IBM Research creates technique to control magnetism of single copper atom

The breakthrough could have implications for quantum information processing and future storage.


Inside the atom is the nucleus, a tiny magnetic core. This image highlights the connection of IBM's Scanning Tunneling Microscope and an atom to manipulate positioning. Source: IBM

IBM Research has developed a new technique to control the magnetism of a single copper atom's nucleus via Nuclear Magnetic Resonance, or NMR.

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NMR is the process behind the more familiar magnetic resonance imaging, or MRI. NMR is also a tool to see the structures of molecules.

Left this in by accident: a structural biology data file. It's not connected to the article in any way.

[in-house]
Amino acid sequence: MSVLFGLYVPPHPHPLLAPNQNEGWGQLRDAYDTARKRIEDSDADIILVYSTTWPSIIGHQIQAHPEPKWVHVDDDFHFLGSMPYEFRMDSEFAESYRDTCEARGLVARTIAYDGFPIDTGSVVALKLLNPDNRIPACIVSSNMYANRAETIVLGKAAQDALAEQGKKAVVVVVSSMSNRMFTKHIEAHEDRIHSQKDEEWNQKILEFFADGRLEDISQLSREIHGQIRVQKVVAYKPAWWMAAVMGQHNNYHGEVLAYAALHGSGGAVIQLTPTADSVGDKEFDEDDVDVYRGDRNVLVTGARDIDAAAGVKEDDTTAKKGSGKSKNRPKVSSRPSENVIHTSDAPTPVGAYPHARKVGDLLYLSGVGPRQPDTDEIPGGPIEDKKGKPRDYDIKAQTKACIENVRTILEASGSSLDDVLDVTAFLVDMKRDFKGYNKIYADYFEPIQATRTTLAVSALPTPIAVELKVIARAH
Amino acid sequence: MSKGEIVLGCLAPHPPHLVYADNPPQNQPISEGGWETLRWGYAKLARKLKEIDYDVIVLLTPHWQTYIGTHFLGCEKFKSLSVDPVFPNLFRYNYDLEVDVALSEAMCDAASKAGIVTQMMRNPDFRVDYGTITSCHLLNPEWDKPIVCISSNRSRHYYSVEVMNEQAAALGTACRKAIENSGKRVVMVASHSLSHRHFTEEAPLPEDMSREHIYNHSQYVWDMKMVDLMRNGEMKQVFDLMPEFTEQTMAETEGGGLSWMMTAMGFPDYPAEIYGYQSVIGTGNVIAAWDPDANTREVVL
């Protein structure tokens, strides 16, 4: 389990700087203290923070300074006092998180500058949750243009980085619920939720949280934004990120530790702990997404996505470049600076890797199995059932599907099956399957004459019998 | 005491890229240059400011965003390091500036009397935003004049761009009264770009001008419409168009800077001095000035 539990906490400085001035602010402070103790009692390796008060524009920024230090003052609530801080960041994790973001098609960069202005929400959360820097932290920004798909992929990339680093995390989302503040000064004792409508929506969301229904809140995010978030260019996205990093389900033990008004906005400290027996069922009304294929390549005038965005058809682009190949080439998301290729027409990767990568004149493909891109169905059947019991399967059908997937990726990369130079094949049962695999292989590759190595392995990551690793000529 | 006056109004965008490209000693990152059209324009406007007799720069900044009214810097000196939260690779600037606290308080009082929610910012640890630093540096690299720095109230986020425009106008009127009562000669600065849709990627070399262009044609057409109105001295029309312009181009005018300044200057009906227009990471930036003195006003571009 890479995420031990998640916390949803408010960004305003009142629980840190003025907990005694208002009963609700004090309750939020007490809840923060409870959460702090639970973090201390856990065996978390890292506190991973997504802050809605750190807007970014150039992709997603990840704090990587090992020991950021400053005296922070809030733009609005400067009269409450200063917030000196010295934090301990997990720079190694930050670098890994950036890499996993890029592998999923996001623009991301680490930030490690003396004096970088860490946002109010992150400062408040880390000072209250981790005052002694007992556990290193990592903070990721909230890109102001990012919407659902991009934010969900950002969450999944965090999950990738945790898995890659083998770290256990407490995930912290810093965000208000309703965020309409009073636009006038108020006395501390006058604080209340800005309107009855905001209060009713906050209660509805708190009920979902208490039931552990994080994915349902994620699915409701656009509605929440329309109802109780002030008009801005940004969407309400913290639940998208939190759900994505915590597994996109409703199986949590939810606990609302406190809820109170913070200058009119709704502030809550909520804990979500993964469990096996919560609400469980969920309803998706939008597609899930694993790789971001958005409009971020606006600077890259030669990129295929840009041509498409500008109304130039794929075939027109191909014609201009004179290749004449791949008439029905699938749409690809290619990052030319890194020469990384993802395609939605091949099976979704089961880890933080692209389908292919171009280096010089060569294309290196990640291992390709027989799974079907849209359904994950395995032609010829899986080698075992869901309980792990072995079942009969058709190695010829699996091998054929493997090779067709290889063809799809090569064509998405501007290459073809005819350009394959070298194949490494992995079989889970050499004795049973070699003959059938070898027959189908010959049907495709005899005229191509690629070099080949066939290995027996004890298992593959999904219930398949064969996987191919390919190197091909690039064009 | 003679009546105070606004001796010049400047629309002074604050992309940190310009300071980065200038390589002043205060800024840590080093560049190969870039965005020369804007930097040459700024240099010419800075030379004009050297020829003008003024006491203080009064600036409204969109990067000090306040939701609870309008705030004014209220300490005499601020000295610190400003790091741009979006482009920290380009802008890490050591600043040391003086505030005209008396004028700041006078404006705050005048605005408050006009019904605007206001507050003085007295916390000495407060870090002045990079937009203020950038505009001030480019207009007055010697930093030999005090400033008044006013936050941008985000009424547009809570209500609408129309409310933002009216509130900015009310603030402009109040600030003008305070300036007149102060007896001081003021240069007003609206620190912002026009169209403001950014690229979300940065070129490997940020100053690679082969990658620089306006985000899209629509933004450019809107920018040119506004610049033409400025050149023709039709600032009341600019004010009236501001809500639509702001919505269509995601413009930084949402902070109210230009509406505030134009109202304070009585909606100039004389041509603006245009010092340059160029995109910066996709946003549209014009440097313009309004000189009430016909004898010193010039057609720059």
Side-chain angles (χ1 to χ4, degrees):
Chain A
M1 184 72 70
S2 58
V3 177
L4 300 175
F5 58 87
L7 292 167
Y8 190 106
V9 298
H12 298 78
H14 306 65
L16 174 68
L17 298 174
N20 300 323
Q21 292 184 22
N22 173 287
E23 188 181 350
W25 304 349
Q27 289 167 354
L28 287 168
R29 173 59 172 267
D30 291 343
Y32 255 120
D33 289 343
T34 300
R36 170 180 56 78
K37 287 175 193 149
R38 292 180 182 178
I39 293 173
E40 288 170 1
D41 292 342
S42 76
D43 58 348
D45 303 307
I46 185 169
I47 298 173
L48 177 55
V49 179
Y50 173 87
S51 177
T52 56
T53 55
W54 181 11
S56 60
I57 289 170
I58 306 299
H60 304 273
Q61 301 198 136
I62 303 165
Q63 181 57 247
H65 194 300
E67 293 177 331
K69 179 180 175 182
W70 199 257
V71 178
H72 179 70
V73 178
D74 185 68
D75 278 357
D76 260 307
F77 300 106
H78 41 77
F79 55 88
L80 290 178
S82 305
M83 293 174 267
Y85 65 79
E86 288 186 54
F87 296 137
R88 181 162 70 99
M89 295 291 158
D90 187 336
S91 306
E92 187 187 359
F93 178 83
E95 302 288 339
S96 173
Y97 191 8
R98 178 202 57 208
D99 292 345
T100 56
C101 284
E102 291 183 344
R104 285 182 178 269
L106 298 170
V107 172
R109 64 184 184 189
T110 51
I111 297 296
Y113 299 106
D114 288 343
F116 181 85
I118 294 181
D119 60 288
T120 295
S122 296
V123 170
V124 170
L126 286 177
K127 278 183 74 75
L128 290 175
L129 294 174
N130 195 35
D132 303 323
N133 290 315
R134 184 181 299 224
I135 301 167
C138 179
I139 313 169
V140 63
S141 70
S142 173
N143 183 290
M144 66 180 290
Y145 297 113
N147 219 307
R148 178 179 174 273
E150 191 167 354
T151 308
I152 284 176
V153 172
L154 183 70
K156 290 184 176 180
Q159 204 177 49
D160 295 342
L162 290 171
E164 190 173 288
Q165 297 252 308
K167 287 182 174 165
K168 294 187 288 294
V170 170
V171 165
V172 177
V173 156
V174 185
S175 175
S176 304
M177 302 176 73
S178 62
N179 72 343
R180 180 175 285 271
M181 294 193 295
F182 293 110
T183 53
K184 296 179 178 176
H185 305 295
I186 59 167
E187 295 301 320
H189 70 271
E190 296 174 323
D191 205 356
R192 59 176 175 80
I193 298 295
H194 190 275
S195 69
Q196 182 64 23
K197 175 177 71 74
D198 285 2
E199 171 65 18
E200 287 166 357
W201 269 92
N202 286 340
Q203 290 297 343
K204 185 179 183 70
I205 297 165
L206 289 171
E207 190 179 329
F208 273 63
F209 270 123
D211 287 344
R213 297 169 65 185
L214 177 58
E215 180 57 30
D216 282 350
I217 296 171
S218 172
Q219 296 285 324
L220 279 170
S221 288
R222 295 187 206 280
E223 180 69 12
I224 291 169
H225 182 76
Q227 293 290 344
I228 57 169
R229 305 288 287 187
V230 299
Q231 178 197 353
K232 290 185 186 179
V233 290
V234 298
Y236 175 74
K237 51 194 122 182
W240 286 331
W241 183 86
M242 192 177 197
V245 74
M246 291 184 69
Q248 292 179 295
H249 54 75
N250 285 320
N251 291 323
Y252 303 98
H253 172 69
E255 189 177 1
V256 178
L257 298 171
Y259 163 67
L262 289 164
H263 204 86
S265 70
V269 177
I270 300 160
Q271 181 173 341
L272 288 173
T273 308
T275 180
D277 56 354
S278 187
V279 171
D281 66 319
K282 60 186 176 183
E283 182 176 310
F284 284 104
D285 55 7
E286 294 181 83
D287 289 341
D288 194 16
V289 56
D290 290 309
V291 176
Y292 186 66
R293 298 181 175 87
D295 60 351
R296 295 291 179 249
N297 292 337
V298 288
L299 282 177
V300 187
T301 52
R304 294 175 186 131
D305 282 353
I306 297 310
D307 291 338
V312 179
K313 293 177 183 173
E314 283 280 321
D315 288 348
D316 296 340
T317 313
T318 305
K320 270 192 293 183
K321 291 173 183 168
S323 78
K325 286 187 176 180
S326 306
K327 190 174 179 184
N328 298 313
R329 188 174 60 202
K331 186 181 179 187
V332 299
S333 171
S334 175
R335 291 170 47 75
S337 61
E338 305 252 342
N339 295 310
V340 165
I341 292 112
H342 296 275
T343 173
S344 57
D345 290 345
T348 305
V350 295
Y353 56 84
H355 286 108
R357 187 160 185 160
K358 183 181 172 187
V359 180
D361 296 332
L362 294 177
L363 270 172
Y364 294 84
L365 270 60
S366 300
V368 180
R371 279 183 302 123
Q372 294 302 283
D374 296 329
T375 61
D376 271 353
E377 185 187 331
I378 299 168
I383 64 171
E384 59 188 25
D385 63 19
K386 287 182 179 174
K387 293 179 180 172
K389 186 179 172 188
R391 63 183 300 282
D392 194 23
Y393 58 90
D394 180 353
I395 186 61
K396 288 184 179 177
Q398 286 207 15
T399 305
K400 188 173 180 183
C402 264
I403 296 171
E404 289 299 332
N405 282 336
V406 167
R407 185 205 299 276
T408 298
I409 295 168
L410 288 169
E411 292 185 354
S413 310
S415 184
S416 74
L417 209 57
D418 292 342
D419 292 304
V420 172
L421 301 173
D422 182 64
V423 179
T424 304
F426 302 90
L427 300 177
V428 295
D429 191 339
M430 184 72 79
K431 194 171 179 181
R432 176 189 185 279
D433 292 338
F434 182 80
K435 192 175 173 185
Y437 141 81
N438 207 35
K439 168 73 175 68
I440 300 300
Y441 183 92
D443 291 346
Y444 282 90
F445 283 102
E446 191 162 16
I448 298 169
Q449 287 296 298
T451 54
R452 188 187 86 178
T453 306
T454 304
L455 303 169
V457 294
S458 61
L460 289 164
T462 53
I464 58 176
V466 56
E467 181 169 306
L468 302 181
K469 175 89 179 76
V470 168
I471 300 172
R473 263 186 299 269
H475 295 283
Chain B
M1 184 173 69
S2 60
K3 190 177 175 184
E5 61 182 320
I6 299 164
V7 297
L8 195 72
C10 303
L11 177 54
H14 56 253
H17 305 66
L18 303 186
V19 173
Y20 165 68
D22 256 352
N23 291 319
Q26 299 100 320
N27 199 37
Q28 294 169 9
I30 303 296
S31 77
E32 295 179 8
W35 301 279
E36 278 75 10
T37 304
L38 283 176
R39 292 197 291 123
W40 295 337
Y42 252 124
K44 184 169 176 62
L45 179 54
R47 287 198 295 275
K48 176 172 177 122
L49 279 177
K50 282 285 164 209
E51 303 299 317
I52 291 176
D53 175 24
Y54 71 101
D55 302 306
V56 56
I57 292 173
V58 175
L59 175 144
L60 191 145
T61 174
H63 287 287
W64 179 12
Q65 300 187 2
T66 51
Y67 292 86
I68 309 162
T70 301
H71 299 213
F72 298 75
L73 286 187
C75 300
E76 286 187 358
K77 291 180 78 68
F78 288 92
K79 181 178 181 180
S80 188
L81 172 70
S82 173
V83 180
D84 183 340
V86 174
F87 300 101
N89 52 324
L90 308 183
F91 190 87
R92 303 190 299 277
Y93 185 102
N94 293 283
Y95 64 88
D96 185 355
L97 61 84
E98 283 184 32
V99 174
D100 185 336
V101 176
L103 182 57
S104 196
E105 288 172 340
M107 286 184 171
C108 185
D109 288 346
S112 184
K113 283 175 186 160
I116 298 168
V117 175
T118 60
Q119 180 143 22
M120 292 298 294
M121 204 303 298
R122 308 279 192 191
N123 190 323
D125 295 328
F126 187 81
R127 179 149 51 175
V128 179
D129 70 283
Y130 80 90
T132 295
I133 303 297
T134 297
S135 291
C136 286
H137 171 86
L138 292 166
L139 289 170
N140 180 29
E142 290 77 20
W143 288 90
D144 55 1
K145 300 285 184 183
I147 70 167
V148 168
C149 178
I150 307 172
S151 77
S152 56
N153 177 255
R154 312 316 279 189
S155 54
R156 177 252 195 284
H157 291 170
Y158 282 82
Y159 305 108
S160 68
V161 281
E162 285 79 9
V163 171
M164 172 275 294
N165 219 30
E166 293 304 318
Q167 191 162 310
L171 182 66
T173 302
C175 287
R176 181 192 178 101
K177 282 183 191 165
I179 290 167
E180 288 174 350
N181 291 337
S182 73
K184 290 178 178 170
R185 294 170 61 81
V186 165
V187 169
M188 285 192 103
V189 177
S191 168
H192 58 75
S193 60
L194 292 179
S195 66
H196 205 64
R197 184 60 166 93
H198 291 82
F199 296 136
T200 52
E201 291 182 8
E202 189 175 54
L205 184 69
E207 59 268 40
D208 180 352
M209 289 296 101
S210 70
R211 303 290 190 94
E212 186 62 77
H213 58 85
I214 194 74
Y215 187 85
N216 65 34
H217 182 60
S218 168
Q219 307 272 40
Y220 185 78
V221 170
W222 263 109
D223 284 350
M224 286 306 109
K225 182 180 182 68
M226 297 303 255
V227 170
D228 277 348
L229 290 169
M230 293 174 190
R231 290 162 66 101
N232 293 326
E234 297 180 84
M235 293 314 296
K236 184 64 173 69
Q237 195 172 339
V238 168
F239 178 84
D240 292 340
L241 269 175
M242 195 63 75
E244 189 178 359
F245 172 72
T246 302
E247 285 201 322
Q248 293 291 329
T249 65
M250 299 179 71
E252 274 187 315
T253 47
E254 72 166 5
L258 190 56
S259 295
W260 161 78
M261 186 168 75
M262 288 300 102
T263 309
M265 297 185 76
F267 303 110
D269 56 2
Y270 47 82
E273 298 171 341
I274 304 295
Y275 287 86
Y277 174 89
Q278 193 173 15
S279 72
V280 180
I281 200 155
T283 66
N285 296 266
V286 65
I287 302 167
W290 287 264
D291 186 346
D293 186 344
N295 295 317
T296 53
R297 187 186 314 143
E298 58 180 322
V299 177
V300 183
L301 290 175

IBM Research used its Scanning Tunneling Microscope, its invention to view atoms and move them individually. The idea is that the microscope can study how NMR changes and shape them accordingly.

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The company noted that it used copper because it is widely used and hooks up microcircuits. Meanwhile, the magnetic properties of copper aren't well known. By manipulating copper atoms, IBM Research is hoping to create new applications for small magnetic memory devices.

According to IBM Research, its breakthrough could have implications for quantum information processing and future storage technologies.

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IBM Research researchers Dr. Kai Yang and Dr. Christopher Lutz along with co-authors published the research in Nature Nanotechnology.

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